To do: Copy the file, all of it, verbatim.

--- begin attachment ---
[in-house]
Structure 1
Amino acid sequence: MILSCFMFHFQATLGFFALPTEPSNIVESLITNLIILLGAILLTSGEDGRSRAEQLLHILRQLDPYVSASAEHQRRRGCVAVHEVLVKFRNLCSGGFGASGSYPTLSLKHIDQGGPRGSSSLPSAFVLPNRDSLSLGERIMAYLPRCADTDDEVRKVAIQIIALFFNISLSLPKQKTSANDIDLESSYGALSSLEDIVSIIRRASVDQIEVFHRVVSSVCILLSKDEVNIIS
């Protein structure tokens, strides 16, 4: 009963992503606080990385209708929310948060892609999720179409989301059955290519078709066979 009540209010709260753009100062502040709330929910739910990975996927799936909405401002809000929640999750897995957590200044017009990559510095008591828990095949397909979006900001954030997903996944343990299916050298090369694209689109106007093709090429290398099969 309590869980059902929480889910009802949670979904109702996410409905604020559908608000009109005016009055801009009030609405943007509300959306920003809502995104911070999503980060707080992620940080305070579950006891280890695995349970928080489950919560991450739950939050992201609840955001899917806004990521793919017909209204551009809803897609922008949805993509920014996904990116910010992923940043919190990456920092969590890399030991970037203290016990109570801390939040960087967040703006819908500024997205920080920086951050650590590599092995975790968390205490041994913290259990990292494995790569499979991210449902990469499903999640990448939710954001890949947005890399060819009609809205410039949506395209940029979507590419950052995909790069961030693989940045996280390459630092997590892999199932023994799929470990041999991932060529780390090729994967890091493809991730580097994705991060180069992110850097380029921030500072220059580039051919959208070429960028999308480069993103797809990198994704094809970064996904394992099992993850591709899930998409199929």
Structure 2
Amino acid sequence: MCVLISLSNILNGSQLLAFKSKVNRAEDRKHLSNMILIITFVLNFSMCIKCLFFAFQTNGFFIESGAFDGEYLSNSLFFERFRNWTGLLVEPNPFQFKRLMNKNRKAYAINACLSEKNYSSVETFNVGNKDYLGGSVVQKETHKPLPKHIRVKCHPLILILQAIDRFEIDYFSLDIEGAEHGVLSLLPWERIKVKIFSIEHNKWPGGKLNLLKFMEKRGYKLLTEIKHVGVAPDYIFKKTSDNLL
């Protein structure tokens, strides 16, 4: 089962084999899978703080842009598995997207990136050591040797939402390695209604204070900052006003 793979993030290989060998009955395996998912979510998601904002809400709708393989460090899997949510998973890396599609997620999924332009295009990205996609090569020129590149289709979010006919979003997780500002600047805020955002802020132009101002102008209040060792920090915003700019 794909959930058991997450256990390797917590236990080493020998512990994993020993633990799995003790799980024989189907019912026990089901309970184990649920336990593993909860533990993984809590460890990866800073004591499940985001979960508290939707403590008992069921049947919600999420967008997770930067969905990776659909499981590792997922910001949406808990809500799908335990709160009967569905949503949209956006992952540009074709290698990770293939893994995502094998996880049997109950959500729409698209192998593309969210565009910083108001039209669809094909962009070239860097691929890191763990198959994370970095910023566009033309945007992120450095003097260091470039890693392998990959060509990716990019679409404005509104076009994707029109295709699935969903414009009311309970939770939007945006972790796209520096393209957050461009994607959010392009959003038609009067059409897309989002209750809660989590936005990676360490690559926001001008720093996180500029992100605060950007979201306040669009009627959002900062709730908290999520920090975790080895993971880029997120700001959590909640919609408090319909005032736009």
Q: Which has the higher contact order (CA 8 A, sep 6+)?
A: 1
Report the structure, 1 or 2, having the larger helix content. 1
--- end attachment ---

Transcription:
[in-house]
Structure 1
Amino acid sequence: MILSCFMFHFQATLGFFALPTEPSNIVESLITNLIILLGAILLTSGEDGRSRAEQLLHILRQLDPYVSASAEHQRRRGCVAVHEVLVKFRNLCSGGFGASGSYPTLSLKHIDQGGPRGSSSLPSAFVLPNRDSLSLGERIMAYLPRCADTDDEVRKVAIQIIALFFNISLSLPKQKTSANDIDLESSYGALSSLEDIVSIIRRASVDQIEVFHRVVSSVCILLSKDEVNIIS
């Protein structure tokens, strides 16, 4: 009963992503606080990385209708929310948060892609999720179409989301059955290519078709066979 009540209010709260753009100062502040709330929910739910990975996927799936909405401002809000929640999750897995957590200044017009990559510095008591828990095949397909979006900001954030997903996944343990299916050298090369694209689109106007093709090429290398099969 309590869980059902929480889910009802949670979904109702996410409905604020559908608000009109005016009055801009009030609405943007509300959306920003809502995104911070999503980060707080992620940080305070579950006891280890695995349970928080489950919560991450739950939050992201609840955001899917806004990521793919017909209204551009809803897609922008949805993509920014996904990116910010992923940043919190990456920092969590890399030991970037203290016990109570801390939040960087967040703006819908500024997205920080920086951050650590590599092995975790968390205490041994913290259990990292494995790569499979991210449902990469499903999640990448939710954001890949947005890399060819009609809205410039949506395209940029979507590419950052995909790069961030693989940045996280390459630092997590892999199932023994799929470990041999991932060529780390090729994967890091493809991730580097994705991060180069992110850097380029921030500072220059580039051919959208070429960028999308480069993103797809990198994704094809970064996904394992099992993850591709899930998409199929």
Structure 2
Amino acid sequence: MCVLISLSNILNGSQLLAFKSKVNRAEDRKHLSNMILIITFVLNFSMCIKCLFFAFQTNGFFIESGAFDGEYLSNSLFFERFRNWTGLLVEPNPFQFKRLMNKNRKAYAINACLSEKNYSSVETFNVGNKDYLGGSVVQKETHKPLPKHIRVKCHPLILILQAIDRFEIDYFSLDIEGAEHGVLSLLPWERIKVKIFSIEHNKWPGGKLNLLKFMEKRGYKLLTEIKHVGVAPDYIFKKTSDNLL
């Protein structure tokens, strides 16, 4: 089962084999899978703080842009598995997207990136050591040797939402390695209604204070900052006003 793979993030290989060998009955395996998912979510998601904002809400709708393989460090899997949510998973890396599609997620999924332009295009990205996609090569020129590149289709979010006919979003997780500002600047805020955002802020132009101002102008209040060792920090915003700019 794909959930058991997450256990390797917590236990080493020998512990994993020993633990799995003790799980024989189907019912026990089901309970184990649920336990593993909860533990993984809590460890990866800073004591499940985001979960508290939707403590008992069921049947919600999420967008997770930067969905990776659909499981590792997922910001949406808990809500799908335990709160009967569905949503949209956006992952540009074709290698990770293939893994995502094998996880049997109950959500729409698209192998593309969210565009910083108001039209669809094909962009070239860097691929890191763990198959994370970095910023566009033309945007992120450095003097260091470039890693392998990959060509990716990019679409404005509104076009994707029109295709699935969903414009009311309970939770939007945006972790796209520096393209957050461009994607959010392009959003038609009067059409897309989002209750809660989590936005990676360490690559926001001008720093996180500029992100605060950007979201306040669009009627959002900062709730908290999520920090975790080895993971880029997120700001959590909640919609408090319909005032736009």
Q: Which has the higher contact order (CA 8 A, sep 6+)?
A: 1
Report the structure, 1 or 2, having the larger helix content. 1